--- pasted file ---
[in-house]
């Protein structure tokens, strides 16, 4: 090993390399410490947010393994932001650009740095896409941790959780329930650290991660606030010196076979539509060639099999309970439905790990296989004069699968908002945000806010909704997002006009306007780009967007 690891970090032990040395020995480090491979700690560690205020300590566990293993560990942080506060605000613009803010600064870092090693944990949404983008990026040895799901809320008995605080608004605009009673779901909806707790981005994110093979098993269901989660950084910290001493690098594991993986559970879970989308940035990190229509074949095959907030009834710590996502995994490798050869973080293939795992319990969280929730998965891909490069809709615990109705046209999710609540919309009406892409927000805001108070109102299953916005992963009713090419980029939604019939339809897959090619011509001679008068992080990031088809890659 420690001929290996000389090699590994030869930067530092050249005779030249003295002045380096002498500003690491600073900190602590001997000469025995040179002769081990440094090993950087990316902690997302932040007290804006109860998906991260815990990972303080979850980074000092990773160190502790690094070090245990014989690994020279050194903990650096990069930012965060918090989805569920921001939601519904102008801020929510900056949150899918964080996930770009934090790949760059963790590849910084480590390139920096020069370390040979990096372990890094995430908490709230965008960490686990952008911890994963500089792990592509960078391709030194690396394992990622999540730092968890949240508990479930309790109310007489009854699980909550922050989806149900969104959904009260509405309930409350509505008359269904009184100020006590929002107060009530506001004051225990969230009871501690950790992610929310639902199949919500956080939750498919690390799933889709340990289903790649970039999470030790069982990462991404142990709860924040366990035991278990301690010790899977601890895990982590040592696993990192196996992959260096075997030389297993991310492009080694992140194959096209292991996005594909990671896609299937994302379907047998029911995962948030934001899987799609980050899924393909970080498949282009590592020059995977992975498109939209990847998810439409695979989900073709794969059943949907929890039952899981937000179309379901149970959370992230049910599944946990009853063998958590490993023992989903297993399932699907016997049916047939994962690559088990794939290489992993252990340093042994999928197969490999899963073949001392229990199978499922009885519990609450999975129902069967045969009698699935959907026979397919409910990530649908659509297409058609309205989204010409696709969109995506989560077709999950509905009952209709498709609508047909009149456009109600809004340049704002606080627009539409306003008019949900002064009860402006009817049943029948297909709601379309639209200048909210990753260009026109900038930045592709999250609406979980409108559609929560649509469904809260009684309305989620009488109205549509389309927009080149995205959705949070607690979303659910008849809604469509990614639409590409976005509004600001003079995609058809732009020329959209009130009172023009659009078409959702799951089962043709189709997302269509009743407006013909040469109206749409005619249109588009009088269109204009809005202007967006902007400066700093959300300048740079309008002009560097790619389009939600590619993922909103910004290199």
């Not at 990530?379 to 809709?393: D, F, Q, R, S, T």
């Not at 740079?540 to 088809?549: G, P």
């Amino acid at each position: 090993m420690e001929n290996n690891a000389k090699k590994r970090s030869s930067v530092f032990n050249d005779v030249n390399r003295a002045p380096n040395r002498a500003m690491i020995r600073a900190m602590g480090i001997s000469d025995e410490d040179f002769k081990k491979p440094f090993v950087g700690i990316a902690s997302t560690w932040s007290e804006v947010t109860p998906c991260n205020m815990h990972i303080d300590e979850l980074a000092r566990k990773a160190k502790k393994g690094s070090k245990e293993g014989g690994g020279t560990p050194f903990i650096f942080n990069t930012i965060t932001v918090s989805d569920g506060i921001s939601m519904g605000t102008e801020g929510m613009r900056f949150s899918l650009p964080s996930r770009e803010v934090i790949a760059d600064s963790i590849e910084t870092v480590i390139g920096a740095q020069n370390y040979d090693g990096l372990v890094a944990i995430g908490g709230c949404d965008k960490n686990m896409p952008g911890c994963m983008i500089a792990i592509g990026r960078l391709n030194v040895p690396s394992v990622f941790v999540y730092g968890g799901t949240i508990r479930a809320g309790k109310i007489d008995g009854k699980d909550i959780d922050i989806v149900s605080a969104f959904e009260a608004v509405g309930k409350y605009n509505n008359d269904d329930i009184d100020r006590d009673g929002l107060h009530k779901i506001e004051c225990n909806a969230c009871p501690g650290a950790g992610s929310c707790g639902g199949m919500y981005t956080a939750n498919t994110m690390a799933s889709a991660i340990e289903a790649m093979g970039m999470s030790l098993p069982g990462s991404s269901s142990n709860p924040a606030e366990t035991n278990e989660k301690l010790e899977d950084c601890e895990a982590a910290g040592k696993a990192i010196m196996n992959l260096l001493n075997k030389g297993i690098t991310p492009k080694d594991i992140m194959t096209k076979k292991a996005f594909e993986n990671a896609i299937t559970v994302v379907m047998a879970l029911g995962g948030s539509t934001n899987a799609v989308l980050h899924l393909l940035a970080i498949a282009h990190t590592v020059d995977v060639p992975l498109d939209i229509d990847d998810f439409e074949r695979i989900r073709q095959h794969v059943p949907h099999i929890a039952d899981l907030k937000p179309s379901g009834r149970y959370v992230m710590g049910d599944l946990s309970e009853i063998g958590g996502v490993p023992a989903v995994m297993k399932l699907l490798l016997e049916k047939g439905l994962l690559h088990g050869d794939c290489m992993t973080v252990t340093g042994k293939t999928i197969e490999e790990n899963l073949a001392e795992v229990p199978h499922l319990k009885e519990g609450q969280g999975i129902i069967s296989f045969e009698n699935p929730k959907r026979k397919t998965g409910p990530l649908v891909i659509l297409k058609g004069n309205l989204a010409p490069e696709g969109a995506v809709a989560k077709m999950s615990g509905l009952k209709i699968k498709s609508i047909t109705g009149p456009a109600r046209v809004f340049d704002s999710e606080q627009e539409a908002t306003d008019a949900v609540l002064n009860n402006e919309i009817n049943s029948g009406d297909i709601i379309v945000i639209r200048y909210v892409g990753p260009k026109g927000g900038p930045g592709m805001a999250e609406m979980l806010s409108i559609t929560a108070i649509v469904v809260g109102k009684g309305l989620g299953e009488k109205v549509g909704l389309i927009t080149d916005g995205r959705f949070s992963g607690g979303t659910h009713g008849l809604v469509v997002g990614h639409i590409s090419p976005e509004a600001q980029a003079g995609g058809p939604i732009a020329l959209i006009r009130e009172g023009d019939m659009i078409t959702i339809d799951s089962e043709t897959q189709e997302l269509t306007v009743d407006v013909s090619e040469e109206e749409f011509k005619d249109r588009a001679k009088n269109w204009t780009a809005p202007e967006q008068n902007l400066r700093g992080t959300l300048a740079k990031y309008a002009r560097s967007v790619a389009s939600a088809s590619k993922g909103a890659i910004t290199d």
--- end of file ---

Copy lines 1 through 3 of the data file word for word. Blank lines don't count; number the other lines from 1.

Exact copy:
[in-house]
């Protein structure tokens, strides 16, 4: 090993390399410490947010393994932001650009740095896409941790959780329930650290991660606030010196076979539509060639099999309970439905790990296989004069699968908002945000806010909704997002006009306007780009967007 690891970090032990040395020995480090491979700690560690205020300590566990293993560990942080506060605000613009803010600064870092090693944990949404983008990026040895799901809320008995605080608004605009009673779901909806707790981005994110093979098993269901989660950084910290001493690098594991993986559970879970989308940035990190229509074949095959907030009834710590996502995994490798050869973080293939795992319990969280929730998965891909490069809709615990109705046209999710609540919309009406892409927000805001108070109102299953916005992963009713090419980029939604019939339809897959090619011509001679008068992080990031088809890659 420690001929290996000389090699590994030869930067530092050249005779030249003295002045380096002498500003690491600073900190602590001997000469025995040179002769081990440094090993950087990316902690997302932040007290804006109860998906991260815990990972303080979850980074000092990773160190502790690094070090245990014989690994020279050194903990650096990069930012965060918090989805569920921001939601519904102008801020929510900056949150899918964080996930770009934090790949760059963790590849910084480590390139920096020069370390040979990096372990890094995430908490709230965008960490686990952008911890994963500089792990592509960078391709030194690396394992990622999540730092968890949240508990479930309790109310007489009854699980909550922050989806149900969104959904009260509405309930409350509505008359269904009184100020006590929002107060009530506001004051225990969230009871501690950790992610929310639902199949919500956080939750498919690390799933889709340990289903790649970039999470030790069982990462991404142990709860924040366990035991278990301690010790899977601890895990982590040592696993990192196996992959260096075997030389297993991310492009080694992140194959096209292991996005594909990671896609299937994302379907047998029911995962948030934001899987799609980050899924393909970080498949282009590592020059995977992975498109939209990847998810439409695979989900073709794969059943949907929890039952899981937000179309379901149970959370992230049910599944946990009853063998958590490993023992989903297993399932699907016997049916047939994962690559088990794939290489992993252990340093042994999928197969490999899963073949001392229990199978499922009885519990609450999975129902069967045969009698699935959907026979397919409910990530649908659509297409058609309205989204010409696709969109995506989560077709999950509905009952209709498709609508047909009149456009109600809004340049704002606080627009539409306003008019949900002064009860402006009817049943029948297909709601379309639209200048909210990753260009026109900038930045592709999250609406979980409108559609929560649509469904809260009684309305989620009488109205549509389309927009080149995205959705949070607690979303659910008849809604469509990614639409590409976005509004600001003079995609058809732009020329959209009130009172023009659009078409959702799951089962043709189709997302269509009743407006013909040469109206749409005619249109588009009088269109204009809005202007967006902007400066700093959300300048740079309008002009560097790619389009939600590619993922909103910004290199």
């Not at 990530?379 to 809709?393: D, F, Q, R, S, T």